St Johns Wort

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  • Topic: St John's wort, Hyperforin, Clusiaceae
  • Pages : 5 (1688 words )
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  • Published : May 11, 2013
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Keisha Kennedy
Bot 322
May 05, 2013

“Devil’s Temptations”

Hypericum perforatum (common name St. Johnswort) is a member of the Hypericaceae. It is a perennial (relatively long-lived) plant that can easily be recognized by its bright yellow flowers. It blooms near Summer solstice, thus derives its common name because it blooms near June 24th, the birthday of the Baptist St John (Sheahan, 2012). The word “wort” means “plant” in Old English. It has been associated with religion and witchcraft, and there are many mysteries about how the plant got its scientific name. One way the plant may have got its name is, Hypericum is said to come from the Greek word “hyperikon” which is broken down into hyper (meaning over), and eikon (meaning image). It was believed that the Greeks used the plant above religious images to drive off evil spirits. The Latin species name perforatum means hole, which refers to the translucent dots on the leaves that look like tiny holes. (Sheahan, 2012).When these dots are pressed they will release the plants essential oils.

The plant is native to Europe, western Asia, and North Africa (Sheahan, 2012).Today you can find the plant throughout United States. It was thought that European settlers brought the seeds here for their gardens because it was valued for its spiritual, medicinal and magical powers. It had escaped cultivation and spread along roadsides from Florida to Maine by the Revolutionary War(Crompton,1998) The plant goes back to many centuries, and is surrounded by mystical legends. Hypericum perforatum has been used for at least 2,400 years, from ancient civilizations in Greece, through pagan Europe and the Middle Ages, till today (Davies, 2012). The ancient Greeks used it for reptile bites, menstrual cramping, gastrointestinal distress, and depression. After it was brought to United States, Native Americans used it to treat diarrhea, wounds, and snakebites (Rees,1995). There were other records of it being used to drive off evil spirits, and offering protection against the devils temptations.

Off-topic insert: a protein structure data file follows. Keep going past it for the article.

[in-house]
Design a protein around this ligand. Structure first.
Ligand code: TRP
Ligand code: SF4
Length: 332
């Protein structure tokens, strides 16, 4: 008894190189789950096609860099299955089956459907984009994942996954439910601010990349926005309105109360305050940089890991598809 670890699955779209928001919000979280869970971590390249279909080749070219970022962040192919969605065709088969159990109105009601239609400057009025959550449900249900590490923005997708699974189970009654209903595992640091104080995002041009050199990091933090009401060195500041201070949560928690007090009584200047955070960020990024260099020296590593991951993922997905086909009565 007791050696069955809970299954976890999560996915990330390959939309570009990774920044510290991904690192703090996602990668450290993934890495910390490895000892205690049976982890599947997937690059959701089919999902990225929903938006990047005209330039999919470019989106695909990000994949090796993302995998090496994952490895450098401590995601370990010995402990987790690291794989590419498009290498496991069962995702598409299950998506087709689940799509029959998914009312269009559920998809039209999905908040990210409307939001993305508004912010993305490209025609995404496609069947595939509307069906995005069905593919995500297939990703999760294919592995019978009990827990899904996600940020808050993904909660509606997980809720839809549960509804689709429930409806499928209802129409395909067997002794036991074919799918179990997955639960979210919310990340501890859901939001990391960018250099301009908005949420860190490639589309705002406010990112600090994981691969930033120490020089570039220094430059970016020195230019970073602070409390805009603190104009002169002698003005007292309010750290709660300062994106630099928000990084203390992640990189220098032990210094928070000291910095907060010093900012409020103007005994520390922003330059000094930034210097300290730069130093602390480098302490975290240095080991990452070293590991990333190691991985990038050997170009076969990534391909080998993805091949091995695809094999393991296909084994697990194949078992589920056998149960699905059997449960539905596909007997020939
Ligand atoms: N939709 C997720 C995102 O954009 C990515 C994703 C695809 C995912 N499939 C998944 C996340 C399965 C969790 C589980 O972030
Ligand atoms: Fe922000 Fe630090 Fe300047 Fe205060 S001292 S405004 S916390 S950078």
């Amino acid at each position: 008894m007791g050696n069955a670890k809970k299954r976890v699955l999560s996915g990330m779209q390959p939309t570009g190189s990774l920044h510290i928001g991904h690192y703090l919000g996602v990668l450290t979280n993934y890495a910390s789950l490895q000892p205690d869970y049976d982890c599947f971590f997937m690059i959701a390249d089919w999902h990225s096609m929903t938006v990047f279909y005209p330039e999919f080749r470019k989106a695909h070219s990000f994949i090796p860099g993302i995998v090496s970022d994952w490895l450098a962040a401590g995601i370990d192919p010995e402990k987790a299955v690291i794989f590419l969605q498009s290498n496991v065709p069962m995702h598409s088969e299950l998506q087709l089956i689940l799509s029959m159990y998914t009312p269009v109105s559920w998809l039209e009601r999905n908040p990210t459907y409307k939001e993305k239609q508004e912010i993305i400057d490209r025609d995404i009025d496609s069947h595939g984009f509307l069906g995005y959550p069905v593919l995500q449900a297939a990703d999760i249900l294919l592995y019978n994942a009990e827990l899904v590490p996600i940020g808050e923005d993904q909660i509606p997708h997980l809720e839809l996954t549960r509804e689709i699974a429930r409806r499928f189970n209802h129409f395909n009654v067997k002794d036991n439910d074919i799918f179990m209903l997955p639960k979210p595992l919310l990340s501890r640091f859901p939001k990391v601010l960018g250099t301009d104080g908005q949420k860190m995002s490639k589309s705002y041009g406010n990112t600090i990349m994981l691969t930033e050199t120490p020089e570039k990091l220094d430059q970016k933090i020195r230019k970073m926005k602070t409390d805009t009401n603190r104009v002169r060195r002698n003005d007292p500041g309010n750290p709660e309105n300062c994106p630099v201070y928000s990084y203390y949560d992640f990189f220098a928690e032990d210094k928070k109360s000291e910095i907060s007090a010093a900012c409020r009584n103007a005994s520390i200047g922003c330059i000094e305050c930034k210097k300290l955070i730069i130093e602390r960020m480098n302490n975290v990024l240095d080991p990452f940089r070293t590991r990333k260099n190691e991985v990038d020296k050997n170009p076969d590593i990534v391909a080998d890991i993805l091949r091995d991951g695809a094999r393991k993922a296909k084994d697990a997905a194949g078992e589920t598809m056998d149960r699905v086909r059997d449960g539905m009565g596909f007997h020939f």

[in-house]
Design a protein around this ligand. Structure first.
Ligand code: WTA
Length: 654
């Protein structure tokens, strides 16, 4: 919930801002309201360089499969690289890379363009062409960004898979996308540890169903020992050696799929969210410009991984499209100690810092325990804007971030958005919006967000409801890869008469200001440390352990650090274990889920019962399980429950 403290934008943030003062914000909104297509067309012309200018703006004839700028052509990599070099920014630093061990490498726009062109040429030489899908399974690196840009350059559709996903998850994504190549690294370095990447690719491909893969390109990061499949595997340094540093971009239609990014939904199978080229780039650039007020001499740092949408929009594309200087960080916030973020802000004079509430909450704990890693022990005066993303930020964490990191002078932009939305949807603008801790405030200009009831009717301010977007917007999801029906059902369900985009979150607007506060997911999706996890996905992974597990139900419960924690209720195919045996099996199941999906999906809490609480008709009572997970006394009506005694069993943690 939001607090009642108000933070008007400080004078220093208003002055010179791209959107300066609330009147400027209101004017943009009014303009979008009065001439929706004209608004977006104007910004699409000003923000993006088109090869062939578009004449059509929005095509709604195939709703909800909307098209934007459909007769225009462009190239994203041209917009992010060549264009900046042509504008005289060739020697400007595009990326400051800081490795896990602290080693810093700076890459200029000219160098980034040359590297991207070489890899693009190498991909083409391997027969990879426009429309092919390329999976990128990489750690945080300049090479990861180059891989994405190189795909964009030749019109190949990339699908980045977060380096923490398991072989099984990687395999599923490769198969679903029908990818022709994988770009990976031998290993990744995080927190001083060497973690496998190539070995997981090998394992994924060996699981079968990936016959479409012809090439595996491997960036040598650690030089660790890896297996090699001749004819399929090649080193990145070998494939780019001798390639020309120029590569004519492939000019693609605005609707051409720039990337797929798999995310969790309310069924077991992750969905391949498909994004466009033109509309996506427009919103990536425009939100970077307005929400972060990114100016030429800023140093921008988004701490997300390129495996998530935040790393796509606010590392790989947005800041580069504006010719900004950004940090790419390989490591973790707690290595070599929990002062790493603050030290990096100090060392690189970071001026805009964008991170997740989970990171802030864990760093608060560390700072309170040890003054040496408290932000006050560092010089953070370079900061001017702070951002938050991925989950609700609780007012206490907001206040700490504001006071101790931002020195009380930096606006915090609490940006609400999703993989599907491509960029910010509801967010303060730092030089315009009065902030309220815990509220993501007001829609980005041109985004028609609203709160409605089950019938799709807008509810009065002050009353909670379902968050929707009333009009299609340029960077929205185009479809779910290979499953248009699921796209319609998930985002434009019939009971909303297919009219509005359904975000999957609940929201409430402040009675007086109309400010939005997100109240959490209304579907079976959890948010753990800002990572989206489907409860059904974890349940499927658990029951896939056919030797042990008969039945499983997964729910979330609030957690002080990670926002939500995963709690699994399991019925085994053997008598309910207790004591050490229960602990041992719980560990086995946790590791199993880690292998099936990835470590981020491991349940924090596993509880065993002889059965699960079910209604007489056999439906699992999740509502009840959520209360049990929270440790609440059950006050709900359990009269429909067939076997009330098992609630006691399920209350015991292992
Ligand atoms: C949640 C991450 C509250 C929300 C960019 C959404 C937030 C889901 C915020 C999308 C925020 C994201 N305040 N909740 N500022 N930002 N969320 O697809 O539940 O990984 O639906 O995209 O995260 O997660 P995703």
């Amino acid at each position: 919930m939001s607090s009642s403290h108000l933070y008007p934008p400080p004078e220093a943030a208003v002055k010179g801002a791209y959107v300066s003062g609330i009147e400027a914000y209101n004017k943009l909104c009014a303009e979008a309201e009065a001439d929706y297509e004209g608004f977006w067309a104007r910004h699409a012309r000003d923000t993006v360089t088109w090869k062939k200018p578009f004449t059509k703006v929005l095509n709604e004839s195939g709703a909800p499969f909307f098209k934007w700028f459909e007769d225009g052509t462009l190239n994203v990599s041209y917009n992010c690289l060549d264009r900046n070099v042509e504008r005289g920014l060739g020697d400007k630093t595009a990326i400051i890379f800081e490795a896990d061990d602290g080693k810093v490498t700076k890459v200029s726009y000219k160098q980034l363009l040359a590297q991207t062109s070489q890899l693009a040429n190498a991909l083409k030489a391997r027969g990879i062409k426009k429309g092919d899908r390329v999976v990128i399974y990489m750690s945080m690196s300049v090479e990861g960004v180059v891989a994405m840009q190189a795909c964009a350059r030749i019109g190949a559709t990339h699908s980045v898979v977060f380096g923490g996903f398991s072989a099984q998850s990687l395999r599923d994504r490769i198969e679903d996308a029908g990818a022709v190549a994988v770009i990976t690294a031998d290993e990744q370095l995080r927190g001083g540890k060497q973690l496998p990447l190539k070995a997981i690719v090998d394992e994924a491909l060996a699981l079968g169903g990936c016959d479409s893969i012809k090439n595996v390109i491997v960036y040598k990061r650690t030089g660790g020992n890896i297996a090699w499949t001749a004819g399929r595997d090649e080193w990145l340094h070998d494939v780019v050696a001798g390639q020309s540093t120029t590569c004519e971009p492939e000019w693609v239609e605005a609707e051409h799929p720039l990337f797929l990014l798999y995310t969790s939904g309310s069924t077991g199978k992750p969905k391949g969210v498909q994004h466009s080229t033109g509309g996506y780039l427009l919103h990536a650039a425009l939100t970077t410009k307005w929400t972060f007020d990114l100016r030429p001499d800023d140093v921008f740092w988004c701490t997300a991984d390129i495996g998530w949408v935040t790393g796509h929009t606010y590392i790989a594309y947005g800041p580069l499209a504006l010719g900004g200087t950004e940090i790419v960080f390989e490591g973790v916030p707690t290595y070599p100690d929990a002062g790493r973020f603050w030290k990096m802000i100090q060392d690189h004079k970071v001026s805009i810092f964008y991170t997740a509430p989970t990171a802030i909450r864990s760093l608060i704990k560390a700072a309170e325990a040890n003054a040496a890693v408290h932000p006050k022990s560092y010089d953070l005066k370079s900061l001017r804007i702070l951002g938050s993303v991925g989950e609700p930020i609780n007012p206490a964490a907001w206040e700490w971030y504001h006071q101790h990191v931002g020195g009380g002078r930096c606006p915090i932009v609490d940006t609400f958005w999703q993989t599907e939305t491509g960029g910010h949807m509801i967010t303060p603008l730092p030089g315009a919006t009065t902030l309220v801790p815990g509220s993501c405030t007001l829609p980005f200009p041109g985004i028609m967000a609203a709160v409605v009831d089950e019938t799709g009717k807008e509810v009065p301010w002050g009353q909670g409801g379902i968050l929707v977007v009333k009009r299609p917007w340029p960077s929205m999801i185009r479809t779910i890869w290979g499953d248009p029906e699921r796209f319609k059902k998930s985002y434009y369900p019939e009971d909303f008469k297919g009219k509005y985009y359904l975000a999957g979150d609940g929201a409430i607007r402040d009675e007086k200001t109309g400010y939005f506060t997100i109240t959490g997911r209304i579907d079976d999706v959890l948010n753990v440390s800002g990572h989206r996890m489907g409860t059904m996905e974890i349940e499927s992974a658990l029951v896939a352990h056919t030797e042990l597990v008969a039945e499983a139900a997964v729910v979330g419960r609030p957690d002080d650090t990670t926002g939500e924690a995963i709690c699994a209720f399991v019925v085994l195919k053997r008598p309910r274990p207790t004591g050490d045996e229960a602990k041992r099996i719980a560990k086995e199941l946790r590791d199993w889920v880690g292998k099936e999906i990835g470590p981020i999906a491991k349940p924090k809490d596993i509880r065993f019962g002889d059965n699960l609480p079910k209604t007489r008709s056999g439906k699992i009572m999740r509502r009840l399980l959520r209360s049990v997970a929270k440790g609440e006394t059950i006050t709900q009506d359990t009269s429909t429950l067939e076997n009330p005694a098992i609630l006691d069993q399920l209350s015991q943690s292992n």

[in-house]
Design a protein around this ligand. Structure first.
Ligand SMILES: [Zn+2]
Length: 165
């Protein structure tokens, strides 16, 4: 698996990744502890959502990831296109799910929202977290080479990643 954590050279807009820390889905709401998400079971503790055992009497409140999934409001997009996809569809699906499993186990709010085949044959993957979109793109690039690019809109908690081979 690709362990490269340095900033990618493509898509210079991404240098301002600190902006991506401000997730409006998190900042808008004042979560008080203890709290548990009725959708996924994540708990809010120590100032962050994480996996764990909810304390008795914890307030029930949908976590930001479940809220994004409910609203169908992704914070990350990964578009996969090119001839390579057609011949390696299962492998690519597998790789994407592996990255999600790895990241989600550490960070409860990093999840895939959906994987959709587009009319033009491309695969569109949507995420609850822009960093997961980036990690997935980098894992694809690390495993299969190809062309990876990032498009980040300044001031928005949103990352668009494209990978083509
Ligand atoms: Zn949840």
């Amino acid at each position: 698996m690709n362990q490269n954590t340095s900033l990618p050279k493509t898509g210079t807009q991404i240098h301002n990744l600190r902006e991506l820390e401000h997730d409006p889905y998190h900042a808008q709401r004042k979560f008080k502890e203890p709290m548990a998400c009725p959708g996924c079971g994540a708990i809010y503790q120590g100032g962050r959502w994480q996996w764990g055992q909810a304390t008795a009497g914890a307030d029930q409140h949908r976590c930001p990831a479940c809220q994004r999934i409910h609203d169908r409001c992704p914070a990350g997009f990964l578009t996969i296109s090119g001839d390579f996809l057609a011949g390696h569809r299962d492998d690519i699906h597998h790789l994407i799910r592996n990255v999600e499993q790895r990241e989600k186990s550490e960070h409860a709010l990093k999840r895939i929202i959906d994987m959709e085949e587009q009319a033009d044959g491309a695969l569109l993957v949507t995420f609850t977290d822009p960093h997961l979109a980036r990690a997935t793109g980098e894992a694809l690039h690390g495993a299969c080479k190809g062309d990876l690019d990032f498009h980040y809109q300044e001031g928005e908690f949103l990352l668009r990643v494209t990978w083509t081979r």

The plant is a flowering plant that can reproduce both sexually and asexually, and flowers are both pollinated and self-pollinated (Sheahan, 2012). During the asexual reproduction, the plant will create runners and rhizomes that will produce tiny root systems and shoot systems. The shoots will grow into replicas of the parent plant. During sexual reproduction, meiosis will take place and produce haploid cells. These haploid cells will go through mitosis to create pollen sacs and embryonic sacs. Pollination and fertilization will then begin when sperm travels through the pollen tube. Seeds are produced and kept inside the fruit. At least 15,000-30,000 seeds and plants are produced in one season, contributing to its potential for rapid spread (Crompton, 1998).The seeds can be transported by animals, humans and wind. The stems of this plant are erect, and appear rust colored, they are also woody and can grow anywhere from 30-120cm tall (Rees,1995). The leaves are yellow-green and have translucent dots throughout the tissue, and occasionally with a few black dots on the lower surface. These translucent dots are what contain the plants oils and resins. Its flowers are bright yellow with five petals; the flowers usually appear between late spring and early to mid-Summer. To identify the herb look for two longitudinal lines or ridges found along the edge of the stem which make it appear flat, when you squeeze the bright yellow flower petals they will bleed a reddish-purple liquid. It can be found most commonly found in grasslands, pastures, meadows, and rangelands. But it also occurs in forested areas in natural clearings, openings, or areas that have been disturbed by fire, logging, or road construction (Sheahan, 2012).

The plant has been used as a natural herbal remedy and can come in many forms such as capsules, teas, tablets, tinctures, and oil based skin lotions Chopped or powdered forms...
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